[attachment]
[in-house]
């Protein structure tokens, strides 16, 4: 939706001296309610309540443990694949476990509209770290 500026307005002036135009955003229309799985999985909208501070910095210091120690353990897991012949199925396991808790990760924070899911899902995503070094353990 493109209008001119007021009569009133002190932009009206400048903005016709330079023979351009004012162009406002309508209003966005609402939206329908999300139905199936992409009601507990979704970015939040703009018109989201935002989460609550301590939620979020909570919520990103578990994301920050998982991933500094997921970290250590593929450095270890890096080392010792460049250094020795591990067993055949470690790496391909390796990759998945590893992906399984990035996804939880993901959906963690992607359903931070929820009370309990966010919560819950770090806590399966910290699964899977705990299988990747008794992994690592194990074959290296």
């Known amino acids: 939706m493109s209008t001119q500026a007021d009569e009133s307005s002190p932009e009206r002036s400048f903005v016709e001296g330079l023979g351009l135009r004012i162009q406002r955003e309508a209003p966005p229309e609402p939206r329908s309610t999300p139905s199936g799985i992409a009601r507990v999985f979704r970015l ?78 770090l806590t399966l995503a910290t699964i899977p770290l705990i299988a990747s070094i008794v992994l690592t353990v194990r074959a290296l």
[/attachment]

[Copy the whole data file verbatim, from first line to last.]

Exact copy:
[in-house]
């Protein structure tokens, strides 16, 4: 939706001296309610309540443990694949476990509209770290 500026307005002036135009955003229309799985999985909208501070910095210091120690353990897991012949199925396991808790990760924070899911899902995503070094353990 493109209008001119007021009569009133002190932009009206400048903005016709330079023979351009004012162009406002309508209003966005609402939206329908999300139905199936992409009601507990979704970015939040703009018109989201935002989460609550301590939620979020909570919520990103578990994301920050998982991933500094997921970290250590593929450095270890890096080392010792460049250094020795591990067993055949470690790496391909390796990759998945590893992906399984990035996804939880993901959906963690992607359903931070929820009370309990966010919560819950770090806590399966910290699964899977705990299988990747008794992994690592194990074959290296």
């Known amino acids: 939706m493109s209008t001119q500026a007021d009569e009133s307005s002190p932009e009206r002036s400048f903005v016709e001296g330079l023979g351009l135009r004012i162009q406002r955003e309508a209003p966005p229309e609402p939206r329908s309610t999300p139905s199936g799985i992409a009601r507990v999985f979704r970015l ?78 770090l806590t399966l995503a910290t699964i899977p770290l705990i299988a990747s070094i008794v992994l690592t353990v194990r074959a290296l």